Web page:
Most patients with chiari I malformation have no symptoms, and don't need surgery. Findings that would require surgery include cranial nerve dysfunction, swallowing problems, arm or leg weakness, numbness, syrinx formation in the spinal cord. In this group of patients, surgery can help.
You should be thoroughly evaluated by a neurosurgeon to see if you require treatment or just observation. ...Read more
It can be: Hydromyelia and/or syringomyelia can develop for many reasons, including trauma, tumors, developmental abnormalities and sometimes with no clear cause. Chiari malformations are commonly associated with these conditions, but not exclusively. ...Read more
Since you have: Multiple questions about Chiari malformation, I assume Type 1, Here are 2 very useful links: www. Conquerchiari. Org/education/chiari-faqs. Html & www. Ninds. Nih. Gov/disorders/chiari/detail_chiari. Htm. Both sites give information & resources. Kids in my practice who have had decompression by microsurgical endoscopic surgery performed by skilled pediatric neurosurgeons have been home 2 days post-op. ...Read more
Complex: The imaging part is straightforward - you see herniation of the cerebellar tonsils on an MRI scan. The symptoms can be more difficult to pinpoint - these include headaches, fatigue, muscle weakness in the head and face, difficulty swallowing, dizziness, nausea, impaired coordination, and, in severe cases, paralysis. ...Read more
Maybe: See a neurologist or neurosurgeon.Get a more detailed answer ›
Chiari Malformation: It is a congenital disorder when the cerebellum, the part of the brain which controls balance, is below the foramen magnum (which is a opening at the base of the skull). Symptoms of a chiari malformation could be balance issues, neck pain, numbness to arms, and headaches. If symptoms are severe, a patient can seek consultation with a neurosurgeon to discuss if they could benefit from surgery ...Read more
Many do not: The finding of a type one chiari malformation is often an incidental finding on MRI of no clinical significance. These do not need surgery. Surgery for the malformation is quite complex and must be considered very carefully. There are significant risks to the surgery that must outweigh the risks of not doing surgery. Second, third, and fourth opinions may be appropriate. ...Read more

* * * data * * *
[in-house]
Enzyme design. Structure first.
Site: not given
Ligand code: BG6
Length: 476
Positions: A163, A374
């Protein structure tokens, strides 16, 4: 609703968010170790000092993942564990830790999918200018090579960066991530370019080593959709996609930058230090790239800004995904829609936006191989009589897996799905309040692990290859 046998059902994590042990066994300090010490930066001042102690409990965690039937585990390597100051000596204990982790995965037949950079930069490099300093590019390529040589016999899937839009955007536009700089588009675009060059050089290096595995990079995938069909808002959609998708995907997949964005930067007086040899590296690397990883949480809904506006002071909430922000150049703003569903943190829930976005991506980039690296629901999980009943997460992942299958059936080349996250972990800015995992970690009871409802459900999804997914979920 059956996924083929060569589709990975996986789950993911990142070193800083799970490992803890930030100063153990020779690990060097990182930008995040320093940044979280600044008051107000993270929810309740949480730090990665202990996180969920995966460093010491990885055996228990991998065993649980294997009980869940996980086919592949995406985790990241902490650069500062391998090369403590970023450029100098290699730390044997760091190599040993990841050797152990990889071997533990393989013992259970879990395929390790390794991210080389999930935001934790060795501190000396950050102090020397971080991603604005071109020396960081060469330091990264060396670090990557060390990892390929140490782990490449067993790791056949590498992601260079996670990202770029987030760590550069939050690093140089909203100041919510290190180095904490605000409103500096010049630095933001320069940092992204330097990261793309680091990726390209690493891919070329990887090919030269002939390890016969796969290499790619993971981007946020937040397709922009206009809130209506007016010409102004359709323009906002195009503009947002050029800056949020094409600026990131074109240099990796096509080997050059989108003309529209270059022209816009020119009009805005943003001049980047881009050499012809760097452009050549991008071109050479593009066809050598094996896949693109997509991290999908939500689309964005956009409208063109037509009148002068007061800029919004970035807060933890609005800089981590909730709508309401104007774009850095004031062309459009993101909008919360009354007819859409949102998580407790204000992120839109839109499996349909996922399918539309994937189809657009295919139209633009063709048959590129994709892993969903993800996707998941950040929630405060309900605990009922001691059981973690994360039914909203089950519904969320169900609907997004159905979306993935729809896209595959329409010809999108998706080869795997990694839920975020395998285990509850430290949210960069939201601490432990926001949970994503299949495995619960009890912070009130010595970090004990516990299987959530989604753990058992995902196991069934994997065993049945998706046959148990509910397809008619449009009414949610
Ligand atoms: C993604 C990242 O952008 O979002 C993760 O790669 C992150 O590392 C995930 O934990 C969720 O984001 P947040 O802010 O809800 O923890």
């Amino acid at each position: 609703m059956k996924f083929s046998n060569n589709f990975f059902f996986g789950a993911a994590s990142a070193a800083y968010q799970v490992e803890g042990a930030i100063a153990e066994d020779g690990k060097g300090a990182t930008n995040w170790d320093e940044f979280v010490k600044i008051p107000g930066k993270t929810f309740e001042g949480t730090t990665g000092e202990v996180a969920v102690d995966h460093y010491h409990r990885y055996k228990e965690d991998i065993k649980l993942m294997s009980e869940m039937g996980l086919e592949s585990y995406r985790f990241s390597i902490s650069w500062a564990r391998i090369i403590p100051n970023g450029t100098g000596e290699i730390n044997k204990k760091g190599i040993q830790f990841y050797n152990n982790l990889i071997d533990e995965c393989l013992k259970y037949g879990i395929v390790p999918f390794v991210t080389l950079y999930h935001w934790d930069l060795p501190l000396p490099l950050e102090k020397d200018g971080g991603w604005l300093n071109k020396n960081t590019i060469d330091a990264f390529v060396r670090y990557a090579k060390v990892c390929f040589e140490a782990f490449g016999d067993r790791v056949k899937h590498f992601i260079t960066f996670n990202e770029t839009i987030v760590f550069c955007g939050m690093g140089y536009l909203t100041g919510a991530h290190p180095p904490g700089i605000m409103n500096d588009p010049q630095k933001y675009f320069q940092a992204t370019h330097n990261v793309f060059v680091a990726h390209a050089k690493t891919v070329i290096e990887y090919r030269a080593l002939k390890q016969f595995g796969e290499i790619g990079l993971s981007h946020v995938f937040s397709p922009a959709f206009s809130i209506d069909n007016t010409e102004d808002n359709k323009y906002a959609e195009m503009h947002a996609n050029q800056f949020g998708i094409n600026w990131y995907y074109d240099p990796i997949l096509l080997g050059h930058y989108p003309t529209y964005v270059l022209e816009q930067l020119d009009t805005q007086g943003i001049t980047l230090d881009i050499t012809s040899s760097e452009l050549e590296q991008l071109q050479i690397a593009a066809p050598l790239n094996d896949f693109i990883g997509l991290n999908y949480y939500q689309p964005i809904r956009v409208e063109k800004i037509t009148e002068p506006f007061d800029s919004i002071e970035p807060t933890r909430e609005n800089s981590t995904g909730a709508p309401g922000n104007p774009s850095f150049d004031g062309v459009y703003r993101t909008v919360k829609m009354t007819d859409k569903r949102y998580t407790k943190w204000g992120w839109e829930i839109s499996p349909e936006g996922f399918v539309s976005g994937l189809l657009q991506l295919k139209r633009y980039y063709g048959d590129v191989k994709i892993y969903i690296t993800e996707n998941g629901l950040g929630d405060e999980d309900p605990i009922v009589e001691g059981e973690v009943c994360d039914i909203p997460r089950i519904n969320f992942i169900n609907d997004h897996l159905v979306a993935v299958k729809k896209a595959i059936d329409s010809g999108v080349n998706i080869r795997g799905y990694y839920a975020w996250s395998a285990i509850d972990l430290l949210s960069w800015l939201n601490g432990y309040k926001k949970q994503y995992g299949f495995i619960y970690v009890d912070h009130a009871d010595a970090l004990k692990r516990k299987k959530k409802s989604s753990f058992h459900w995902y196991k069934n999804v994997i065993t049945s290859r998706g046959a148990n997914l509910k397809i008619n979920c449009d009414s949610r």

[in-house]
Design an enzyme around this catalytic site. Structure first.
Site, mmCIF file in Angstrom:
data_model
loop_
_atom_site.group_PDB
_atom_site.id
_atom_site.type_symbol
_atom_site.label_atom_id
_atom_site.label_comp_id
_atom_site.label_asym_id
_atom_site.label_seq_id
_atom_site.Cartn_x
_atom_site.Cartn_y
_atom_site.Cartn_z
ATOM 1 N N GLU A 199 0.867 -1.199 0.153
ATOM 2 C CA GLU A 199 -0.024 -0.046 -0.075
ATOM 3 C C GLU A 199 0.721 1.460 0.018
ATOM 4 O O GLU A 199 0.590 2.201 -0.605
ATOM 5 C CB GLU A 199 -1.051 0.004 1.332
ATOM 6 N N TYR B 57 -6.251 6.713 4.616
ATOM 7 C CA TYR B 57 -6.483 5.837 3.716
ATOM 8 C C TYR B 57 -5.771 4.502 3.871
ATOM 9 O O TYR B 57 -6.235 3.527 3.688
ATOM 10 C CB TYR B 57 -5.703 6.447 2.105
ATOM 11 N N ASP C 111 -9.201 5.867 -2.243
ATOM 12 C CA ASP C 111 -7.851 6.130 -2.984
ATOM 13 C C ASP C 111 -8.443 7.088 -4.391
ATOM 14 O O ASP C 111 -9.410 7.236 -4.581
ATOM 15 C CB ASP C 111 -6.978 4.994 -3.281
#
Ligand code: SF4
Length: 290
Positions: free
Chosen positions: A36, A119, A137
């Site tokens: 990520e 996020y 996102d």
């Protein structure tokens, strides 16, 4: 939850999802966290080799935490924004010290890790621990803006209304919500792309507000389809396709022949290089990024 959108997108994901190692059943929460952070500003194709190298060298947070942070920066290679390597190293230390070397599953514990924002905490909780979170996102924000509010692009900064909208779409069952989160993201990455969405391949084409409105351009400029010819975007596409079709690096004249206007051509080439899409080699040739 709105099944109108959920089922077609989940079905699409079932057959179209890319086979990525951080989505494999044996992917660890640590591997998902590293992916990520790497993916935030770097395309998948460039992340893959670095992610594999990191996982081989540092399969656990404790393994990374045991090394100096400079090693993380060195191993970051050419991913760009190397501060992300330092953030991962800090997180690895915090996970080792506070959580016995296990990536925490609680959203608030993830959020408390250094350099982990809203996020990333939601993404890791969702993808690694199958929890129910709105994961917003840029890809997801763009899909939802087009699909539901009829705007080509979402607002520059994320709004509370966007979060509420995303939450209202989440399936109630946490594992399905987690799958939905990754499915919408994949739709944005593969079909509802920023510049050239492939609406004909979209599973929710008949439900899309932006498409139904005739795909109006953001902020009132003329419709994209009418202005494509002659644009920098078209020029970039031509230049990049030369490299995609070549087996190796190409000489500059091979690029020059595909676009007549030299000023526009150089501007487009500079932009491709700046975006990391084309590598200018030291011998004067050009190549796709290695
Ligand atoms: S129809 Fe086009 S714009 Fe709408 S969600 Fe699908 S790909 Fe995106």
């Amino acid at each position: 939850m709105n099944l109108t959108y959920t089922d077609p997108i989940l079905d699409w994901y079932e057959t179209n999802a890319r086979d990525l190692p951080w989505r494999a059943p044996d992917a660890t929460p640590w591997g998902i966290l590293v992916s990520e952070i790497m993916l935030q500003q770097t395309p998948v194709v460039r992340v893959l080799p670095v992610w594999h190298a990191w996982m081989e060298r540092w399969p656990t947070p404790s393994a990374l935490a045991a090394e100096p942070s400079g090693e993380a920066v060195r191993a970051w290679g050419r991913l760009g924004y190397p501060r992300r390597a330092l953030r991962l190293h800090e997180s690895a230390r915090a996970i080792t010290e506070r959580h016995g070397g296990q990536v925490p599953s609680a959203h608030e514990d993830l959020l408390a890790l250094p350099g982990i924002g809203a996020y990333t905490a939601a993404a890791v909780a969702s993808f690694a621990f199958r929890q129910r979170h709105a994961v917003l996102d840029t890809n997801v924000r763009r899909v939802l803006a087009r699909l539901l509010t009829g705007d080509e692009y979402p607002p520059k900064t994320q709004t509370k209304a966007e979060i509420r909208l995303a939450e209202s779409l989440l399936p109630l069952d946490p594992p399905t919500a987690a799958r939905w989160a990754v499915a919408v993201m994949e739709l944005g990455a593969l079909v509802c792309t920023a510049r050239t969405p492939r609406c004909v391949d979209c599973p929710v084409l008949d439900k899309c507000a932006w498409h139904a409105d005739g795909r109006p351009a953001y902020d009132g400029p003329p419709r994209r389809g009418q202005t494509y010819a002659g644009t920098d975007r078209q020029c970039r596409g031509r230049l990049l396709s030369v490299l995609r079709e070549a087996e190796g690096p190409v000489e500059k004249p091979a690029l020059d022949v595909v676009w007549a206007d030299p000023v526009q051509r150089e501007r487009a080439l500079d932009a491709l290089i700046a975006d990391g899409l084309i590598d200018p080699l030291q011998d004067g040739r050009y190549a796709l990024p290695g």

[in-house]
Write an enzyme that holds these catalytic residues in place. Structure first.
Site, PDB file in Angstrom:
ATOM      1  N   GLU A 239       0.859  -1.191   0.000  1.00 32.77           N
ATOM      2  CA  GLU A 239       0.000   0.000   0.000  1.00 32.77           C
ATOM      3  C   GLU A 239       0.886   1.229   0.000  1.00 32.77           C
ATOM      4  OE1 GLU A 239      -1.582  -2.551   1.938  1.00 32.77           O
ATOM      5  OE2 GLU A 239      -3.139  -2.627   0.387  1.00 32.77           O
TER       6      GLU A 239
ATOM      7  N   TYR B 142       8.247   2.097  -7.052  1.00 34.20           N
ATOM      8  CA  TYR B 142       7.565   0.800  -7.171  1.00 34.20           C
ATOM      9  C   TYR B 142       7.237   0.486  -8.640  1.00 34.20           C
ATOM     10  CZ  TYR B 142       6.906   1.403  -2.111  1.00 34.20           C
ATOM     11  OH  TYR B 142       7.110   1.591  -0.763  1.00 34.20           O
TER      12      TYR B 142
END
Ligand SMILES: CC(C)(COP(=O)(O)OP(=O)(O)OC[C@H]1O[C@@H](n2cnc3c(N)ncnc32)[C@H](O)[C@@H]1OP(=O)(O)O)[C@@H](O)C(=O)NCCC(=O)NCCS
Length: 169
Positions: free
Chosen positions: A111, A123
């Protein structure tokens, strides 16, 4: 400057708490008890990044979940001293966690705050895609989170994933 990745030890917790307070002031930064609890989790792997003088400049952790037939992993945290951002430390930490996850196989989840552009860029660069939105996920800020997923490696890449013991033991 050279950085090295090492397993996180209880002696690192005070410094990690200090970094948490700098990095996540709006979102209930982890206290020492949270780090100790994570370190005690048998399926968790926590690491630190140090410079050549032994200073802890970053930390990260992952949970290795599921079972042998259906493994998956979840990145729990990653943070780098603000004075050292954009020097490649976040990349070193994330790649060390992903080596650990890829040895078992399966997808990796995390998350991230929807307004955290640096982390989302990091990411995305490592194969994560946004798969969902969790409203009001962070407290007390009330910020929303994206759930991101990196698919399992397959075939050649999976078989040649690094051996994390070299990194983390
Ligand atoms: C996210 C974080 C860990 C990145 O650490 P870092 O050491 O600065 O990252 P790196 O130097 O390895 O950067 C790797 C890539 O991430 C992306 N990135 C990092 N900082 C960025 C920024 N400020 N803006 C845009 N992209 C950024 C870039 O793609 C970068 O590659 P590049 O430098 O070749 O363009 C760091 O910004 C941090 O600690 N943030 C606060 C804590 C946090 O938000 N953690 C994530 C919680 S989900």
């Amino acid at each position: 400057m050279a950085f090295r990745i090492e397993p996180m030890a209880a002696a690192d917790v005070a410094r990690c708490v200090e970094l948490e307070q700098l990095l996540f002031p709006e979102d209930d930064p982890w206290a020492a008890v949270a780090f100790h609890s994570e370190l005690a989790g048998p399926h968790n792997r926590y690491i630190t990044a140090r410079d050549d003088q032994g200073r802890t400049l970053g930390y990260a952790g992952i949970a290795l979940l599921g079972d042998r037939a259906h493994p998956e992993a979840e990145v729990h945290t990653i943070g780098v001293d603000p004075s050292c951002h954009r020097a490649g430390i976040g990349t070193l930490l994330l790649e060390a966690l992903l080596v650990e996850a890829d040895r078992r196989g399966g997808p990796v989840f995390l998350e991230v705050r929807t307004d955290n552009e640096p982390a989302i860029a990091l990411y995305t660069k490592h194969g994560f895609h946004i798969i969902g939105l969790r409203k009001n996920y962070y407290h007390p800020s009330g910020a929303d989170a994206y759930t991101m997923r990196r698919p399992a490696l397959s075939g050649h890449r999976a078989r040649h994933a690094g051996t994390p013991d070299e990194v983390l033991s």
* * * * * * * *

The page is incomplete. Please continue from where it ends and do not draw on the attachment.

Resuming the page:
Extent of herniation: It is the downward displacement of the cerebellum, specifically a region called the "tonsils", through the foramen magnum. There are actually 4 types. Type one is only tonsillar herniation, that is mild; type ii shows more herniation, to include a middle portion of the cerebellum. This type is often associated with an myelomeningocele (herniation of lining of the brain). ...Read more
Brain issues: If you have symptoms or reason to believe you have any brain malformation please see your doctor. He/she will assess the situation and order the proper tests which is the way to rule out your concern or offer proper treatment. Peace and good health. ...Read more
It is: Chiari described different types of developmental defects of the cerebellum. Type 2 is associated with spina bifida, type 3 and type 4 are severe defects. You are probably talking about type 2 associated with spina bifida. It can cause breathing and swallowing problems. Treatment with surgery is controversial. ...Read more
Probably won't: A type 1 chiari malformation is usually asymptomatic, but on occasion may cause symptoms such as headaches or sensory changes in the face or arms. Chiari's are often discovered incidentally when someone is being worked up for headache or other neurologic symptoms that are unrelated. Unless you have specific related symptoms, then it should cause you no complications later in life. ...Read more